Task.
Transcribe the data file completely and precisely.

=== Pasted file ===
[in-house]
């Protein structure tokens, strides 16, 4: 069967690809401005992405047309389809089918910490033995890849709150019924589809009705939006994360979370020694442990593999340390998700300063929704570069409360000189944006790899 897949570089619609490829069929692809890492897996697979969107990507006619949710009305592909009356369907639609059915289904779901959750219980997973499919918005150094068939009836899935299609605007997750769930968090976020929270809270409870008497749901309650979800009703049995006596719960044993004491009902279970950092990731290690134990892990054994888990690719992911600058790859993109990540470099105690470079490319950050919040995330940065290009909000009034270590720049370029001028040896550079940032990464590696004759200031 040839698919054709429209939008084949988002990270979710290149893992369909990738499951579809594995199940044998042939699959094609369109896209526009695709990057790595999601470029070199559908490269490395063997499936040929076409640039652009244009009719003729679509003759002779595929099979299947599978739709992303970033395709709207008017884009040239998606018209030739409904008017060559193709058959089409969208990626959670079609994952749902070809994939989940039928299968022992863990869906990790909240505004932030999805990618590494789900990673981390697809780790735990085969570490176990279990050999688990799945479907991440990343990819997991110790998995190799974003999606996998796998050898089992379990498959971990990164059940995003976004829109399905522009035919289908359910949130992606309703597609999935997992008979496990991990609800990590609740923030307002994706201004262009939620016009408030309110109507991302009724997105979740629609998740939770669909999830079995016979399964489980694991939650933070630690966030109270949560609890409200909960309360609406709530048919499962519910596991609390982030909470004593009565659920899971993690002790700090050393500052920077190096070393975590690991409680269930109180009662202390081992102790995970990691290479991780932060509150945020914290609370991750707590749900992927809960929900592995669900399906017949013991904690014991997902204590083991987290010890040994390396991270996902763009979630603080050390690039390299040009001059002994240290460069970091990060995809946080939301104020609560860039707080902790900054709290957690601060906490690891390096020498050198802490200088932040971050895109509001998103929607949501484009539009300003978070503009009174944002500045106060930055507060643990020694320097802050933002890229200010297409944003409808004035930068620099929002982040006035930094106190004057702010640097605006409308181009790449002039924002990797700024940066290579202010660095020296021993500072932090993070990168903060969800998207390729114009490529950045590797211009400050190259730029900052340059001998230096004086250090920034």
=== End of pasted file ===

[in-house]
């Protein structure tokens, strides 16, 4: 069967690809401005992405047309389809089918910490033995890849709150019924589809009705939006994360979370020694442990593999340390998700300063929704570069409360000189944006790899 897949570089619609490829069929692809890492897996697979969107990507006619949710009305592909009356369907639609059915289904779901959750219980997973499919918005150094068939009836899935299609605007997750769930968090976020929270809270409870008497749901309650979800009703049995006596719960044993004491009902279970950092990731290690134990892990054994888990690719992911600058790859993109990540470099105690470079490319950050919040995330940065290009909000009034270590720049370029001028040896550079940032990464590696004759200031 040839698919054709429209939008084949988002990270979710290149893992369909990738499951579809594995199940044998042939699959094609369109896209526009695709990057790595999601470029070199559908490269490395063997499936040929076409640039652009244009009719003729679509003759002779595929099979299947599978739709992303970033395709709207008017884009040239998606018209030739409904008017060559193709058959089409969208990626959670079609994952749902070809994939989940039928299968022992863990869906990790909240505004932030999805990618590494789900990673981390697809780790735990085969570490176990279990050999688990799945479907991440990343990819997991110790998995190799974003999606996998796998050898089992379990498959971990990164059940995003976004829109399905522009035919289908359910949130992606309703597609999935997992008979496990991990609800990590609740923030307002994706201004262009939620016009408030309110109507991302009724997105979740629609998740939770669909999830079995016979399964489980694991939650933070630690966030109270949560609890409200909960309360609406709530048919499962519910596991609390982030909470004593009565659920899971993690002790700090050393500052920077190096070393975590690991409680269930109180009662202390081992102790995970990691290479991780932060509150945020914290609370991750707590749900992927809960929900592995669900399906017949013991904690014991997902204590083991987290010890040994390396991270996902763009979630603080050390690039390299040009001059002994240290460069970091990060995809946080939301104020609560860039707080902790900054709290957690601060906490690891390096020498050198802490200088932040971050895109509001998103929607949501484009539009300003978070503009009174944002500045106060930055507060643990020694320097802050933002890229200010297409944003409808004035930068620099929002982040006035930094106190004057702010640097605006409308181009790449002039924002990797700024940066290579202010660095020296021993500072932090993070990168903060969800998207390729114009490529950045590797211009400050190259730029900052340059001998230096004086250090920034």